“No longer do I call you servants, for the servant does not know what his master is doing; but I have called you friends, for all that I have heard from my Father I have made known to you.” (John 15:15, ESV)
I am often asked what I enjoyed most about playing on the LPGA Tour. While the opportunity to compete around the world and experience different cultures was amazing, the people and many friendships gained are what I hold as most precious.
Jesus’ holiness demands that we worship him as his servants, but his love and his hands drip with grace and compassion for us.Regardless of age and cultural differences, golf offers a common ground for people to connect on a personal level through a shared experience. Unlike other sports, golf offers the benefit of conversation over a 4- to 5-hour period. Many of my most cherished friendships have been birthed on the golf course with other players, through my housing experiences, and even people who cheered me on from behind the ropes. These friendships have outlasted time and distance, and even though I may not see them frequently, they remain a tremendous blessing in my life.
I have also witnessed different types of friendships stemming from my golf experiences. Probably the most common experience is a golf acquaintance—you enjoy the round and maybe even exchange business cards or connect via Facebook. You might reconnect down the road and you might not. I have a stack of business cards from people I have enjoyed playing with over the years.
The golf season—whether on tour or the country club—promotes deeper friendships that grow over time. You might have a casual friendship with someone where conversations lean toward business, social activities, or local events. You are more than an acquaintance, but most likely only see each other around the club a few times a month. But then there is a deeper friendship that forges with a few. These friends are weekly playing partners, invited to your home, and are privy to more intimate details of your life. While you may still play golf together, it’s no longer the reason why you are friends. You want to know these people and you want them to know you.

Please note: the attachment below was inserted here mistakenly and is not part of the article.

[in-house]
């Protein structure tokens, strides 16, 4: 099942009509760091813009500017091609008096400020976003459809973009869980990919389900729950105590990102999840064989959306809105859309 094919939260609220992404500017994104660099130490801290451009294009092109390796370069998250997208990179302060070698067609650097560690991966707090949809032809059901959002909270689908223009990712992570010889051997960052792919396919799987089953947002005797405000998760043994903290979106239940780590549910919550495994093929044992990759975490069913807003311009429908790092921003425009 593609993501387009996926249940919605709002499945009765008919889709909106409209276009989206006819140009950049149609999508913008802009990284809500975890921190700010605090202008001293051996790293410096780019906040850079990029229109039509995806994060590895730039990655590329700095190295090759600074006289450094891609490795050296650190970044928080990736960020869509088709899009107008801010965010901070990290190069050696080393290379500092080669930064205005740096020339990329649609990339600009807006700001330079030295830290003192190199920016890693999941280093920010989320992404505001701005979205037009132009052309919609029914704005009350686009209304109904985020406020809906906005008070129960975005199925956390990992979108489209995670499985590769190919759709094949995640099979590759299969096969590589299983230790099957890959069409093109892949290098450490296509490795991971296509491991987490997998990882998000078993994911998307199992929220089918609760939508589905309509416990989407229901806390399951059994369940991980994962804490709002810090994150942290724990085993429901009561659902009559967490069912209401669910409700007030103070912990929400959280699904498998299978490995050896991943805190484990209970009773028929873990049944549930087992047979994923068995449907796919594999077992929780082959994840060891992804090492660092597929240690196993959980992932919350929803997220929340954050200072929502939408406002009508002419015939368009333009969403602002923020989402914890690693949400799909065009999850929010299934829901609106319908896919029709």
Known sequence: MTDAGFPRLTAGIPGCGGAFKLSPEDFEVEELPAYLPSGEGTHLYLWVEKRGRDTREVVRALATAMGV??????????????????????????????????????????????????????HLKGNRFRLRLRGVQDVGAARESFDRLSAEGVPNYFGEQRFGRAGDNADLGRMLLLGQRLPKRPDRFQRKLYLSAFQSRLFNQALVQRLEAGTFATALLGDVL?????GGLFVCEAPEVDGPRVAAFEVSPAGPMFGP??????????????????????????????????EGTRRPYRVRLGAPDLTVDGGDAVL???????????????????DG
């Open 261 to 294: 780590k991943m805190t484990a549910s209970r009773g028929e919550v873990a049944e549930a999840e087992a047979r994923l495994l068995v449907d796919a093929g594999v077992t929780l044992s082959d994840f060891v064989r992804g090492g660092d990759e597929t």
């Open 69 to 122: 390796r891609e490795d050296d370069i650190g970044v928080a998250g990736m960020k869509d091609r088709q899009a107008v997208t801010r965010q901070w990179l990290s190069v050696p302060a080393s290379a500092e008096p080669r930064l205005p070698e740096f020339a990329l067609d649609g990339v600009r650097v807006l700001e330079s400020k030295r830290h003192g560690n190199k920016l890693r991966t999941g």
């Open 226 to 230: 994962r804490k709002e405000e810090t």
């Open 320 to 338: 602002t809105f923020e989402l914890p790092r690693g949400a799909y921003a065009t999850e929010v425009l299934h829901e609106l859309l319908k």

My friendship with Luke, a young man I met more than 16 years ago when he played college golf at Bethune-Cookman University, started as a golf acquaintance with me saying, “Maybe we can play some golf together,” but it didn’t take long for our friendship to move toward being one of my most cherished.
Luke is from England, and today lives more than 4000 miles away. Our friendship ebbs and flows like a river twisting through a canyon, floating through the shallows and deep waters alike. Our lives don’t intersect in person as often these days, but when they do we pick right back up as if it was yesterday… laughter, sharing stories, creating new memories, and honest conversations.
The gratitude I feel for my friendship with Luke reminds me of today’s invitation from Jesus. Jesus’ holiness demands that we worship him as his servants, but his love and his hands drip with grace and compassion for us. His upside-down invitation beckons us to an intimate friendship with him.
“I have called you friends, for all that I have heard from my Father, I have made known to you.” Jesus doesn’t want to be our acquaintance where we might connect with him at some point in the future. He longs for a deep, intimate friendship with each one of us… every day.
His invitation never expires. Will you accept it?
January 12, 2017
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